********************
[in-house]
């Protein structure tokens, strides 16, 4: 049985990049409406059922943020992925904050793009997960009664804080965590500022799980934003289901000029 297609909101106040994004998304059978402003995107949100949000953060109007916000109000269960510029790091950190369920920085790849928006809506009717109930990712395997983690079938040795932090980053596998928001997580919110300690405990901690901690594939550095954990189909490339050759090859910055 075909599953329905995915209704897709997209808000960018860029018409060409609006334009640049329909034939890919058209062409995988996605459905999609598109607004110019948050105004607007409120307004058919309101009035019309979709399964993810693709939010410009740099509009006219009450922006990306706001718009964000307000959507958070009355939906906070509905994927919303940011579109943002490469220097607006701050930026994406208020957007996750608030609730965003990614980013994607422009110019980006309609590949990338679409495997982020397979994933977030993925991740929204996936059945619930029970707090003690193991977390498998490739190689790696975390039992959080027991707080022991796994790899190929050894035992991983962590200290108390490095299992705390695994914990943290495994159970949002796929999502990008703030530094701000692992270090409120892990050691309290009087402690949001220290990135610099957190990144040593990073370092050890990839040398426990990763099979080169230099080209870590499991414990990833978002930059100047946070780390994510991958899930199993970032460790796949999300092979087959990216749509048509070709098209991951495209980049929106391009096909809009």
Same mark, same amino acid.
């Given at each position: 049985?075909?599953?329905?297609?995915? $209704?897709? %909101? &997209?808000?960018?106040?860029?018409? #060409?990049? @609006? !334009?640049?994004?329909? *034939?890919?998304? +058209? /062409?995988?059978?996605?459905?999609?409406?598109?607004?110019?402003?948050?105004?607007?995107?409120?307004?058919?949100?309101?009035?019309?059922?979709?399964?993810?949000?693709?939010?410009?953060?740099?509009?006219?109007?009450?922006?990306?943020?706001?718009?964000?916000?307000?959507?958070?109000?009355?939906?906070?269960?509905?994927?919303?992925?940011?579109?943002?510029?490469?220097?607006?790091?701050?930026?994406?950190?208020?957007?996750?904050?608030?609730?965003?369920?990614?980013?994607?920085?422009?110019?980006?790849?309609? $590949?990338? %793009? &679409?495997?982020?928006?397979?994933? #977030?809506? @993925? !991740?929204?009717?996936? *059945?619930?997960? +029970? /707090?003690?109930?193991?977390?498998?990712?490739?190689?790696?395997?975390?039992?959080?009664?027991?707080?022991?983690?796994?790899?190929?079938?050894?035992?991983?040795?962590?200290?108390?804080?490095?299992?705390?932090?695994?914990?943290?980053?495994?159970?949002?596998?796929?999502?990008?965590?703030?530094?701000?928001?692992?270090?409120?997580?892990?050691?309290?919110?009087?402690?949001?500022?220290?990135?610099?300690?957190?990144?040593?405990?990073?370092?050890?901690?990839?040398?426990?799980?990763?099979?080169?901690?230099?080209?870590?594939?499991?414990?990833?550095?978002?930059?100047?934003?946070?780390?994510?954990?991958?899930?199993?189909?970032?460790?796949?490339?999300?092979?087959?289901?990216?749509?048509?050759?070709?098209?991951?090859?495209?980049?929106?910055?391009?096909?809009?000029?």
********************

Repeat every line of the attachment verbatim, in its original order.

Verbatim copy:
[in-house]
């Protein structure tokens, strides 16, 4: 049985990049409406059922943020992925904050793009997960009664804080965590500022799980934003289901000029 297609909101106040994004998304059978402003995107949100949000953060109007916000109000269960510029790091950190369920920085790849928006809506009717109930990712395997983690079938040795932090980053596998928001997580919110300690405990901690901690594939550095954990189909490339050759090859910055 075909599953329905995915209704897709997209808000960018860029018409060409609006334009640049329909034939890919058209062409995988996605459905999609598109607004110019948050105004607007409120307004058919309101009035019309979709399964993810693709939010410009740099509009006219009450922006990306706001718009964000307000959507958070009355939906906070509905994927919303940011579109943002490469220097607006701050930026994406208020957007996750608030609730965003990614980013994607422009110019980006309609590949990338679409495997982020397979994933977030993925991740929204996936059945619930029970707090003690193991977390498998490739190689790696975390039992959080027991707080022991796994790899190929050894035992991983962590200290108390490095299992705390695994914990943290495994159970949002796929999502990008703030530094701000692992270090409120892990050691309290009087402690949001220290990135610099957190990144040593990073370092050890990839040398426990990763099979080169230099080209870590499991414990990833978002930059100047946070780390994510991958899930199993970032460790796949999300092979087959990216749509048509070709098209991951495209980049929106391009096909809009």
Same mark, same amino acid.
């Given at each position: 049985?075909?599953?329905?297609?995915? $209704?897709? %909101? &997209?808000?960018?106040?860029?018409? #060409?990049? @609006? !334009?640049?994004?329909? *034939?890919?998304? +058209? /062409?995988?059978?996605?459905?999609?409406?598109?607004?110019?402003?948050?105004?607007?995107?409120?307004?058919?949100?309101?009035?019309?059922?979709?399964?993810?949000?693709?939010?410009?953060?740099?509009?006219?109007?009450?922006?990306?943020?706001?718009?964000?916000?307000?959507?958070?109000?009355?939906?906070?269960?509905?994927?919303?992925?940011?579109?943002?510029?490469?220097?607006?790091?701050?930026?994406?950190?208020?957007?996750?904050?608030?609730?965003?369920?990614?980013?994607?920085?422009?110019?980006?790849?309609? $590949?990338? %793009? &679409?495997?982020?928006?397979?994933? #977030?809506? @993925? !991740?929204?009717?996936? *059945?619930?997960? +029970? /707090?003690?109930?193991?977390?498998?990712?490739?190689?790696?395997?975390?039992?959080?009664?027991?707080?022991?983690?796994?790899?190929?079938?050894?035992?991983?040795?962590?200290?108390?804080?490095?299992?705390?932090?695994?914990?943290?980053?495994?159970?949002?596998?796929?999502?990008?965590?703030?530094?701000?928001?692992?270090?409120?997580?892990?050691?309290?919110?009087?402690?949001?500022?220290?990135?610099?300690?957190?990144?040593?405990?990073?370092?050890?901690?990839?040398?426990?799980?990763?099979?080169?901690?230099?080209?870590?594939?499991?414990?990833?550095?978002?930059?100047?934003?946070?780390?994510?954990?991958?899930?199993?189909?970032?460790?796949?490339?999300?092979?087959?289901?990216?749509?048509?050759?070709?098209?991951?090859?495209?980049?929106?910055?391009?096909?809009?000029?």